• negotiating terms of service contracts, drilling contracts, technology transfer agreements which provide adequate protections; negotiating contracts for natural gas processing and transportation

6) Further Information on shale related matters can be found at 

  • Why shale gas has become so popular and how is it different?
  • Hydraulic fracturing – its impact on resources and the environment
  • Shale gas development in the U.S.
  • Shale gas development in China
  • Key issues to be considered in connection with shale gas development

Why is shale so hot?

– Global demand for energy, with decreasing conventional reserves

– New technology

• Horizontal drilling

• Hydraulic fracturing

– Results:

• Boom in drilling and investment in U.S. shale

• Increase in U.S. natural gas reserves

• Proposals for changes in laws


– Recoverable unconventional gas (shale gas, tight sands and coal bed methane) accounts for 60% of the U.S. onshore recoverable resources

– Current recoverable resources estimated to provide gas supply in the U.S. for the next 90 years, while a separate estimate of shale gas resources extends the supply to 116 years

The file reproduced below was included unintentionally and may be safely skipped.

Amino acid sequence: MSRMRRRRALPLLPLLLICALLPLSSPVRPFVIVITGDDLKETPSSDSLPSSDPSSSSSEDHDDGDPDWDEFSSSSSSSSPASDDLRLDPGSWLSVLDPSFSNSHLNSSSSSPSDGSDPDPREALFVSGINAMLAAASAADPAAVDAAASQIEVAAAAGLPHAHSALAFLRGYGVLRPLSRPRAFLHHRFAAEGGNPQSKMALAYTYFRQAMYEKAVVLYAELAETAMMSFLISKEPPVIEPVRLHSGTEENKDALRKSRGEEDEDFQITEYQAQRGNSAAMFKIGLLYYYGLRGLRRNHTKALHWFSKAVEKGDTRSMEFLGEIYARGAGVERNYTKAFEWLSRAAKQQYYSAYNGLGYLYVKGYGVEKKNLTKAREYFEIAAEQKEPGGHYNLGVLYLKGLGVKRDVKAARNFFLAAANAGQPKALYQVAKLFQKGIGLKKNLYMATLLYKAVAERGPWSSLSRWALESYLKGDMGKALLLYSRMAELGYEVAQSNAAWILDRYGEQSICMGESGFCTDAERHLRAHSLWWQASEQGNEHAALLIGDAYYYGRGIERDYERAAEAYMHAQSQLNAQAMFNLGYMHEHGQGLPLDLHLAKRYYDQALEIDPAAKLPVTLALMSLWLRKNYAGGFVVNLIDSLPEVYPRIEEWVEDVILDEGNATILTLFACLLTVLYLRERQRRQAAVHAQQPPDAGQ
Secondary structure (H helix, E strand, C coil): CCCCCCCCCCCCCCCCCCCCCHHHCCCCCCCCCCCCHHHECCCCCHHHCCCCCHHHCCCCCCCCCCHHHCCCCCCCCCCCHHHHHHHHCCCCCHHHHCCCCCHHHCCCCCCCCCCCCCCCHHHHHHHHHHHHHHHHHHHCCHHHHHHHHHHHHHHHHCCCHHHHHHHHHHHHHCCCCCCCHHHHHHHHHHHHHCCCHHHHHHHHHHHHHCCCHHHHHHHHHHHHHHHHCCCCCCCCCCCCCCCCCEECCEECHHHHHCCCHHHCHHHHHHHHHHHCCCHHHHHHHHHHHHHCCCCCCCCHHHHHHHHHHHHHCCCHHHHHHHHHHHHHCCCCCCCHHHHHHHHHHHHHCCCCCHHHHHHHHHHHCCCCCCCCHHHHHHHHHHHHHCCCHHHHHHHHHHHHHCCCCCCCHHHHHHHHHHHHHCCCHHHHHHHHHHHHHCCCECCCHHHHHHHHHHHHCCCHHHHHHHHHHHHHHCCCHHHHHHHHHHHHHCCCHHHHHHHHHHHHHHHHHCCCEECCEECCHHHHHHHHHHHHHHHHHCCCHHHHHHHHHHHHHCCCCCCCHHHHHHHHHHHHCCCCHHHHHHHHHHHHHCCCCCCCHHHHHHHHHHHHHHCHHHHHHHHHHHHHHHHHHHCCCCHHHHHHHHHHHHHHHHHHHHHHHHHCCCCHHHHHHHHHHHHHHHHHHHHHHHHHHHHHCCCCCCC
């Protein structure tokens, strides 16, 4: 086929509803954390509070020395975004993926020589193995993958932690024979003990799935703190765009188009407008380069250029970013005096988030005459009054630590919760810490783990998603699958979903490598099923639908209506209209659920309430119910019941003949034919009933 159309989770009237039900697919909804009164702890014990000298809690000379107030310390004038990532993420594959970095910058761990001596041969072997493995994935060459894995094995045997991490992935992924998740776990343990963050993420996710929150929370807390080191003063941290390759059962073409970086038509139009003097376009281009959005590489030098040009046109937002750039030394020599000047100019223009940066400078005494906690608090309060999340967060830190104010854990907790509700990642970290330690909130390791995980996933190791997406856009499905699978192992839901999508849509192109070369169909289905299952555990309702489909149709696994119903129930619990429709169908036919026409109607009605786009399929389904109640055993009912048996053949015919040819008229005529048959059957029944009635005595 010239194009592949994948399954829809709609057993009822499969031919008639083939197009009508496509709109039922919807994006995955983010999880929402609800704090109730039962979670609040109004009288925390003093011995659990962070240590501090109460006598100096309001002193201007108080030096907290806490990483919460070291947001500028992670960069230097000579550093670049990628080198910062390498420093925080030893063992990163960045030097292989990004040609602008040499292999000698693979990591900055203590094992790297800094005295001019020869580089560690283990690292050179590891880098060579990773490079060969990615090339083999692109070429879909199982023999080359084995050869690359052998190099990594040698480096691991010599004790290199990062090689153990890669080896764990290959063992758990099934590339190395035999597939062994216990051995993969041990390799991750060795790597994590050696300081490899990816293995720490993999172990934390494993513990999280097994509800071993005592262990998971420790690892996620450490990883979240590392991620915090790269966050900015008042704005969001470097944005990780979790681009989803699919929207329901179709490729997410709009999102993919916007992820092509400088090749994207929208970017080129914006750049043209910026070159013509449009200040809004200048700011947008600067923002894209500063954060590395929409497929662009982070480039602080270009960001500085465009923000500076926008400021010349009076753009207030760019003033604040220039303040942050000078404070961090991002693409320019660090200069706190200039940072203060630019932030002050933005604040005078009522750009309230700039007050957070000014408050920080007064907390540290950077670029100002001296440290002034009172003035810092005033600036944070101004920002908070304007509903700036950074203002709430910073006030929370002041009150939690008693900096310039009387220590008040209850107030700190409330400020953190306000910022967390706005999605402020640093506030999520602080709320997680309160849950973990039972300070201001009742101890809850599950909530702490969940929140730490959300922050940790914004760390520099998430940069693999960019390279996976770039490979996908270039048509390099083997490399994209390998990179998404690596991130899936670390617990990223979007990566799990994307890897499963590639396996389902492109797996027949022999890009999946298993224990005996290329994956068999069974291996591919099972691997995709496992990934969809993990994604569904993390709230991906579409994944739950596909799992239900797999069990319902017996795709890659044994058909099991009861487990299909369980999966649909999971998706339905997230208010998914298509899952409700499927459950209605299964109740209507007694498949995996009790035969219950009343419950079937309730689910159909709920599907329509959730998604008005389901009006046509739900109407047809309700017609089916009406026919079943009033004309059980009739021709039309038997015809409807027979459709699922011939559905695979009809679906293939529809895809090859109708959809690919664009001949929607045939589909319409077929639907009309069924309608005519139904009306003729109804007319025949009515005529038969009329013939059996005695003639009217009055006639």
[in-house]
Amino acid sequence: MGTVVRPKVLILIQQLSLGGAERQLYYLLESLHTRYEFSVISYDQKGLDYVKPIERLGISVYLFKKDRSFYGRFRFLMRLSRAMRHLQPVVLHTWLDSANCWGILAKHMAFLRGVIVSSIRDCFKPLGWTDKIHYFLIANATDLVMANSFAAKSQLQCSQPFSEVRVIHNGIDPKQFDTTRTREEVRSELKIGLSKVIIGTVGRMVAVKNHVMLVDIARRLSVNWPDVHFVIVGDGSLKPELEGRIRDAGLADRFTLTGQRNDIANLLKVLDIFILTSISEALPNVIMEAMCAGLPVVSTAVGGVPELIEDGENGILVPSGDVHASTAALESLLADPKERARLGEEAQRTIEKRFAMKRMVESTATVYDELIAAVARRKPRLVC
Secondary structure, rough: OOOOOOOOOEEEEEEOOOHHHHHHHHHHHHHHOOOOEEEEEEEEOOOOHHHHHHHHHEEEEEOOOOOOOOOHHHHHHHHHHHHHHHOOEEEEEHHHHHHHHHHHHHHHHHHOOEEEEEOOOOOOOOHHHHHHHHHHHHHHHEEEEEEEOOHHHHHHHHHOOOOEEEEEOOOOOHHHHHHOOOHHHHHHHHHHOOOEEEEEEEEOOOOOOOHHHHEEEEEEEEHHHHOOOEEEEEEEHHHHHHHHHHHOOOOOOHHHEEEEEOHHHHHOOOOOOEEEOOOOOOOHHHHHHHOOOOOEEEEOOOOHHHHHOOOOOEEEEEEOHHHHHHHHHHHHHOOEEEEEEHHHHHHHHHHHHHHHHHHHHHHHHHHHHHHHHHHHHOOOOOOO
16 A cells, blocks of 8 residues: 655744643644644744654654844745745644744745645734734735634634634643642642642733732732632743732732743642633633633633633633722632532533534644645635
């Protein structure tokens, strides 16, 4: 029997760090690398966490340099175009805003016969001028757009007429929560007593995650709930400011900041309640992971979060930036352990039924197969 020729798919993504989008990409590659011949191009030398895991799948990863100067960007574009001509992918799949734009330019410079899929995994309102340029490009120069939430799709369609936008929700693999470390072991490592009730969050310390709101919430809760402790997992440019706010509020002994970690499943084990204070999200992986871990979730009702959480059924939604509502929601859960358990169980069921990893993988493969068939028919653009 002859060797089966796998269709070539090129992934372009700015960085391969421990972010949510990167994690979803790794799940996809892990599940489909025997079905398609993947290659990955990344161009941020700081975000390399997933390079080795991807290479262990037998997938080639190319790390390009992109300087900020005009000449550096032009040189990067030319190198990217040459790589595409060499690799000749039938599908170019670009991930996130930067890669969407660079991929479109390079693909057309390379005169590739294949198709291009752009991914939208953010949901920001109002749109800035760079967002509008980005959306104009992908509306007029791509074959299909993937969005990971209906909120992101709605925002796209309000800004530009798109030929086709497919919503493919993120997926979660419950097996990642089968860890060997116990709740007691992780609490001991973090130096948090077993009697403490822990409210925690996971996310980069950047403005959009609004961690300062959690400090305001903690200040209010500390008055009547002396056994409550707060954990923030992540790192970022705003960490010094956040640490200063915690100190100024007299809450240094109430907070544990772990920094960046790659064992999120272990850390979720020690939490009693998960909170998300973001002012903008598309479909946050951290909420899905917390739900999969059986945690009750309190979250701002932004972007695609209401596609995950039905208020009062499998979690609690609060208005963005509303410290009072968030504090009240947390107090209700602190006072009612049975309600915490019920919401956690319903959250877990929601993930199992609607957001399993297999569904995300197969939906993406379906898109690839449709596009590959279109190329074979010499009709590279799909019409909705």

– Available shale gas reserves in China, Europe and other parts of the world are substantial

– Natural gas is a “clean” energy source - preferred over other hydrocarbons

How are shale gas developments different from conventional oil and gas projects?

– Shale gas projects extend over large areas, involving many interested parties

– Modern hydraulic fracturing (“fracking”) technology and service contractors are essential to development

– Shale development involves significant environmental and water resources issues in connection with the fracking process

– Infrastructure needs and resources may be outside of conventional areas – new infrastructure may be needed for development and transportation